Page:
WE WENT to the allotment on Easter Sunday with two trays of runner bean seedlings and a bag of seed potatoes.
The former had been nurtured by my good self and the latter were a gift from my mother-in-law, who can’t quite believe we never buy seed potatoes, preferring instead to simply plant the leftover spuds that start to sprout while awaiting their inclusion in a Stelfox family meal. We generally have much more success that way.
So there we were, the sun shining down on our backs as we laboured, digging little holes and pushing bean plants into the nicely-warmed soil.
I was feeling quite pleased with myself as planting things out is the very best bit of allotmenting, second only to eating the first strawberries.
However, contentedness is a fragile state of mind, easily disturbed.
“There’s going to be a frost tonight,’’ said one of our neighbouring plotters – an allotment association official and Experienced Gardener – nodding in the direction of my bean babies..
I paused to consider her words while the Man-in-Charge engaged her in the sort of polite allotment talk that he’s so good at. He’s had plenty of practice, as every neighbour stops to tell him about their operations and ailments, political views and gardening tips. He’s so popular that he sometimes returns home with bottles of award-winning pea wine or handfuls of surplus produce. We’re still picking the leeks that someone gave him as seedlings. And then I remembered that last year our bean plants had, indeed, succumbed to a late frost. Although, to be fair, most recovered.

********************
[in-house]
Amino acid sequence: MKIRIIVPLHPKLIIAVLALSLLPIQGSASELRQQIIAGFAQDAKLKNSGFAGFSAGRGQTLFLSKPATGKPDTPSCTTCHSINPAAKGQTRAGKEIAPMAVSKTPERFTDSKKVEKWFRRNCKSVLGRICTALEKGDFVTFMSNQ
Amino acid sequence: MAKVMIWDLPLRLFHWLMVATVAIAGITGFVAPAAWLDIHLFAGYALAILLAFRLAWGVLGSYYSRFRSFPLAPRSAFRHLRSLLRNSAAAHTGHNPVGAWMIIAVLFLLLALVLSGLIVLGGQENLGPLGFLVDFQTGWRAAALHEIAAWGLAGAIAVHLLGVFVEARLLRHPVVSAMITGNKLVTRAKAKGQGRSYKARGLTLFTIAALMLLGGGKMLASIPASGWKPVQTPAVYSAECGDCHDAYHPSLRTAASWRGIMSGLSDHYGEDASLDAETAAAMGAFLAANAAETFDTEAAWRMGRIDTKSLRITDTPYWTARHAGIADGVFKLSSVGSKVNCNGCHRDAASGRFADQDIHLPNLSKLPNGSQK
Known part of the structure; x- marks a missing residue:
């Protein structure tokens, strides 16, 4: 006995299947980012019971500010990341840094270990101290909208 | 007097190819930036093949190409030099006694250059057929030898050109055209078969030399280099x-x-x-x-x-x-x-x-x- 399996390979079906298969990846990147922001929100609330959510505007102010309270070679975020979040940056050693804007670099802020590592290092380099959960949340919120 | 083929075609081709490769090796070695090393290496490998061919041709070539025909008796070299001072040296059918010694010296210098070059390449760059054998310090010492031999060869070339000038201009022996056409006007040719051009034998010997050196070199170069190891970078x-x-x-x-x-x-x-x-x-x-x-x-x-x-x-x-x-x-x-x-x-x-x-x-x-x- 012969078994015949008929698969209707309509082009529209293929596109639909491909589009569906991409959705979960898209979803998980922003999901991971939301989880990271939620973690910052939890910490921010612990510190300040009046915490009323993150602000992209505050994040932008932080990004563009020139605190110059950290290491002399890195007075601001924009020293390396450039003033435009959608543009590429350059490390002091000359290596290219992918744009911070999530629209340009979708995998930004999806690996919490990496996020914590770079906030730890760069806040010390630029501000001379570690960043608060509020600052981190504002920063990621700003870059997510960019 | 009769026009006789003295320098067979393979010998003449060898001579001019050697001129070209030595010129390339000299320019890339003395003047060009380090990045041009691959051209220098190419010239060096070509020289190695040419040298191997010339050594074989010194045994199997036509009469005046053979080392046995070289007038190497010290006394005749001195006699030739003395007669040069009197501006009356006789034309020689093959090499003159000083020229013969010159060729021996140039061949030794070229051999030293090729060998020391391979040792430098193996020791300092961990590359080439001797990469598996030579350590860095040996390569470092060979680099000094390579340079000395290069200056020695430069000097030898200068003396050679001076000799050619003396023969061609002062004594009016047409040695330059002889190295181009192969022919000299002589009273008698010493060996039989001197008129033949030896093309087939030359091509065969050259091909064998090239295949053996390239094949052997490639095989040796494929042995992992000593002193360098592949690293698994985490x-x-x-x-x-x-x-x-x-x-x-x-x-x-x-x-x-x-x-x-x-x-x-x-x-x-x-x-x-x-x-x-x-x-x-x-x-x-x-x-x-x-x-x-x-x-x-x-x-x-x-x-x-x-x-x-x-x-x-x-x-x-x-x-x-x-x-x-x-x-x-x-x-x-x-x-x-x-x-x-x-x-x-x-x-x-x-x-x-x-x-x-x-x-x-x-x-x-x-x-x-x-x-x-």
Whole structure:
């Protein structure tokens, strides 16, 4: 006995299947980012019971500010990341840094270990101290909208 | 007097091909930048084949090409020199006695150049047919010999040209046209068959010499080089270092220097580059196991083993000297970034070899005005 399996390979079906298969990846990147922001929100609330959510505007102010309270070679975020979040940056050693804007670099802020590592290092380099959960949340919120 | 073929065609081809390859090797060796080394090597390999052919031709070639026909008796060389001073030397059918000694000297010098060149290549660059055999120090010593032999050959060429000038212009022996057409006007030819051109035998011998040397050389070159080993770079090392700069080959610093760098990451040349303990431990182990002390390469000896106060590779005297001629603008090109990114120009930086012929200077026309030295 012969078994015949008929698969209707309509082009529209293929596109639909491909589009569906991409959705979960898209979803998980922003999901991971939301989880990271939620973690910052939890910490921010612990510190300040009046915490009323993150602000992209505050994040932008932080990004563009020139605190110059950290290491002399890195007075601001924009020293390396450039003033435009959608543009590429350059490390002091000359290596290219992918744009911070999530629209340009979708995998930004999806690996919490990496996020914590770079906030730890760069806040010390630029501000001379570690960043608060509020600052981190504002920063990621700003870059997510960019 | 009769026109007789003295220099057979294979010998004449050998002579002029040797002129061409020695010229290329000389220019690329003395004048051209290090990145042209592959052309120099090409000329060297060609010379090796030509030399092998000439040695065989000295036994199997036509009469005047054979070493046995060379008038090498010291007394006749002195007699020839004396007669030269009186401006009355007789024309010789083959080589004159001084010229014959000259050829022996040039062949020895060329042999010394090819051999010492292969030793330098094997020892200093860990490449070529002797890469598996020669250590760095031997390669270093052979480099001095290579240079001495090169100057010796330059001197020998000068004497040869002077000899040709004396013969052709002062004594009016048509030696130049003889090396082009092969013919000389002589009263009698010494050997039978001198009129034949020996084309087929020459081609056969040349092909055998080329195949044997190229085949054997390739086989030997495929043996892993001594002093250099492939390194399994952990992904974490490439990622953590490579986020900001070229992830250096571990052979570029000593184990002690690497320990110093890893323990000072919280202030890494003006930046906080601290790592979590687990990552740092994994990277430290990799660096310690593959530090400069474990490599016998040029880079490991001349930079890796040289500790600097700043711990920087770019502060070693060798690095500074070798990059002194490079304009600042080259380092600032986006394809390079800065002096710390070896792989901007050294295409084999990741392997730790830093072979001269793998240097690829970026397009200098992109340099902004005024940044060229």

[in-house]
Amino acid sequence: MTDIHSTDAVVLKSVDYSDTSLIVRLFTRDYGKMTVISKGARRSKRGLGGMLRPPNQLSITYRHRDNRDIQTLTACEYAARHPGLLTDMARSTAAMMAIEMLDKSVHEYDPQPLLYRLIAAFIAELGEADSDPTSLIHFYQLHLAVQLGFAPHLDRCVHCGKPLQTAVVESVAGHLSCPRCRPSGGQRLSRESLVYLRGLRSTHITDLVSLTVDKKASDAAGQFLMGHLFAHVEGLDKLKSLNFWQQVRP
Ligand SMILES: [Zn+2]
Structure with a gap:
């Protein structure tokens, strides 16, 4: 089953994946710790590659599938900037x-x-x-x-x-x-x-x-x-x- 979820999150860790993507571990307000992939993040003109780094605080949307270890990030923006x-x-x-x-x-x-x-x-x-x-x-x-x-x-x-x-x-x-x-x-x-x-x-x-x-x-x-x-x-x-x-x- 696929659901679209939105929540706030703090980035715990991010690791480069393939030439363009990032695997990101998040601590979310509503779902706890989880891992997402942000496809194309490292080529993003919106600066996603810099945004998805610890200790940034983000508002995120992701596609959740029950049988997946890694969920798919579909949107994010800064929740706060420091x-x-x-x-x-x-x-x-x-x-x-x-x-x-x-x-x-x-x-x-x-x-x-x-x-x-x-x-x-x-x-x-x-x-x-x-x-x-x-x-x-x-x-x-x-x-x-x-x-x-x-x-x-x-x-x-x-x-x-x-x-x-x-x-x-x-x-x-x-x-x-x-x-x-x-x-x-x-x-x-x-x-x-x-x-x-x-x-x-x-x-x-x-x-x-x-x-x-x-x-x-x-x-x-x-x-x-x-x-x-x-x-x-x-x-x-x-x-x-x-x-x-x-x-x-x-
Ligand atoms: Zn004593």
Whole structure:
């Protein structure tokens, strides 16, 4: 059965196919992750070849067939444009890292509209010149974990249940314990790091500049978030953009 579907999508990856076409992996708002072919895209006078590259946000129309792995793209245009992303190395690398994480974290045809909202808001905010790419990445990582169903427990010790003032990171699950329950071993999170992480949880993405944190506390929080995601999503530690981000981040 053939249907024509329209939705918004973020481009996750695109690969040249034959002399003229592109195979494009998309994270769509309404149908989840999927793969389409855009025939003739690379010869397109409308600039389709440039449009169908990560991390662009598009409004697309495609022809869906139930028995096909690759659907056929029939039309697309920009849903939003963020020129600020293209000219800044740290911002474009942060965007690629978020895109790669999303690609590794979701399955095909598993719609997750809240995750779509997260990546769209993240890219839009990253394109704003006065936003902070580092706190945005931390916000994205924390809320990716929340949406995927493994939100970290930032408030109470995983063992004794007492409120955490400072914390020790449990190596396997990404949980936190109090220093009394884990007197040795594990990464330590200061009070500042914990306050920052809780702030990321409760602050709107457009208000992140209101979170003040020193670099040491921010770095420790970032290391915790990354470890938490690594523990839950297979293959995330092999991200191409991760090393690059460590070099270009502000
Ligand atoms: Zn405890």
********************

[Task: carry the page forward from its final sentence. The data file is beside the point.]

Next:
“Oh, piffle,’’ I said to the Man, as soon as she was out of earshot. Because it really was too late, I wasn’t going to pot them all up again and I’m not the sort of person who generally takes advice that I don’t want or didn’t ask for.
I have a stubborn streak that sometimes gets the better of me.
The Man will probably never let me forget the time I was reversing my car out of a tight spot. “I don’t think you’re going to make it,’’ he said. “Go back and try again.’’
“No, it’ll be fine,’’ I replied, through gritted teeth. And proceeded to rip the offside headlight out of its socket.
We hadn’t known each other for very long at the time, but he clearly wasn’t too deterred by such intransigence on my part as he can now look back on more than 20 years of ignored advice.
The beans, of course, are a joint act of rebellion. But the fact of the matter is that we are busy people and had found some precious time over Easter to do allotmenting.
And the weather was good.
Unlike many of the members of our allotment association, we are not retired, we do not have all day to potter about and our beans have to be planted when we have the opportunity, not when the portents are good.
It’s not the first year our early planting has attracted the attention of other plotters. Last year the Man overheard one elderly gardener remarking to another, in hushed and faintly shocked tones: “He’s put his beans in!’’ Which was inaccurate as it should have been: “She’s put Her beans in.’’
This weekend I’m going to be a real devil and risk an advance planting of courgettes. I may even follow it up with a sprinkling of sugar snap peas. And if someone tells me that I’m being hasty I will throw in a defiant handful of beetroot seeds for good measure.
Patience may be a virtue but it’s one that I definitely don’t have.